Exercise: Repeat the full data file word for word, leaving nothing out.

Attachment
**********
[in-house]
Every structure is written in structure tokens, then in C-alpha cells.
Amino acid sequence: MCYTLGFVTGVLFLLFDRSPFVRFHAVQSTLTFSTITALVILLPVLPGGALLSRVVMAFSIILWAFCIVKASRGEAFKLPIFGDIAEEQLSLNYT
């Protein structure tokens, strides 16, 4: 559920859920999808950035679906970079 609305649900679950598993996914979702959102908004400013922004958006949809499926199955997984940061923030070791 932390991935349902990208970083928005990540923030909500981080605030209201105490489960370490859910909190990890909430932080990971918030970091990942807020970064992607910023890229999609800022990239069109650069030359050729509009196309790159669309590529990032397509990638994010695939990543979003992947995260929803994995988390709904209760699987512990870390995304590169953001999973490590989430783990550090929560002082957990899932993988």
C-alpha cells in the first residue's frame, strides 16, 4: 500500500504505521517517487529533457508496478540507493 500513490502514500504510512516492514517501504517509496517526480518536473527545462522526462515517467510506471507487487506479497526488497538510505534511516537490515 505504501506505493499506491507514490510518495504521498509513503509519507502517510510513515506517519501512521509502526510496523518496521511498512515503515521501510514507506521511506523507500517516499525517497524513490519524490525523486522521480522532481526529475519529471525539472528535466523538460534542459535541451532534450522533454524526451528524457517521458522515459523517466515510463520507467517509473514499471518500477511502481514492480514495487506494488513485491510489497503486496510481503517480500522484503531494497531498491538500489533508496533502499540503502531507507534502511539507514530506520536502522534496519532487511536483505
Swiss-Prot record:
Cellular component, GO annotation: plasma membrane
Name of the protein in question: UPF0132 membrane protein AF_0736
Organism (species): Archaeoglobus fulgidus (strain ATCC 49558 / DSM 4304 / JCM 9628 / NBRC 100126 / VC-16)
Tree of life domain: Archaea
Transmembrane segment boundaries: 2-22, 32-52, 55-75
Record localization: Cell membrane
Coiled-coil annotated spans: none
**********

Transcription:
[in-house]
Every structure is written in structure tokens, then in C-alpha cells.
Amino acid sequence: MCYTLGFVTGVLFLLFDRSPFVRFHAVQSTLTFSTITALVILLPVLPGGALLSRVVMAFSIILWAFCIVKASRGEAFKLPIFGDIAEEQLSLNYT
């Protein structure tokens, strides 16, 4: 559920859920999808950035679906970079 609305649900679950598993996914979702959102908004400013922004958006949809499926199955997984940061923030070791 932390991935349902990208970083928005990540923030909500981080605030209201105490489960370490859910909190990890909430932080990971918030970091990942807020970064992607910023890229999609800022990239069109650069030359050729509009196309790159669309590529990032397509990638994010695939990543979003992947995260929803994995988390709904209760699987512990870390995304590169953001999973490590989430783990550090929560002082957990899932993988």
C-alpha cells in the first residue's frame, strides 16, 4: 500500500504505521517517487529533457508496478540507493 500513490502514500504510512516492514517501504517509496517526480518536473527545462522526462515517467510506471507487487506479497526488497538510505534511516537490515 505504501506505493499506491507514490510518495504521498509513503509519507502517510510513515506517519501512521509502526510496523518496521511498512515503515521501510514507506521511506523507500517516499525517497524513490519524490525523486522521480522532481526529475519529471525539472528535466523538460534542459535541451532534450522533454524526451528524457517521458522515459523517466515510463520507467517509473514499471518500477511502481514492480514495487506494488513485491510489497503486496510481503517480500522484503531494497531498491538500489533508496533502499540503502531507507534502511539507514530506520536502522534496519532487511536483505
Swiss-Prot record:
Cellular component, GO annotation: plasma membrane
Name of the protein in question: UPF0132 membrane protein AF_0736
Organism (species): Archaeoglobus fulgidus (strain ATCC 49558 / DSM 4304 / JCM 9628 / NBRC 100126 / VC-16)
Tree of life domain: Archaea
Transmembrane segment boundaries: 2-22, 32-52, 55-75
Record localization: Cell membrane
Coiled-coil annotated spans: none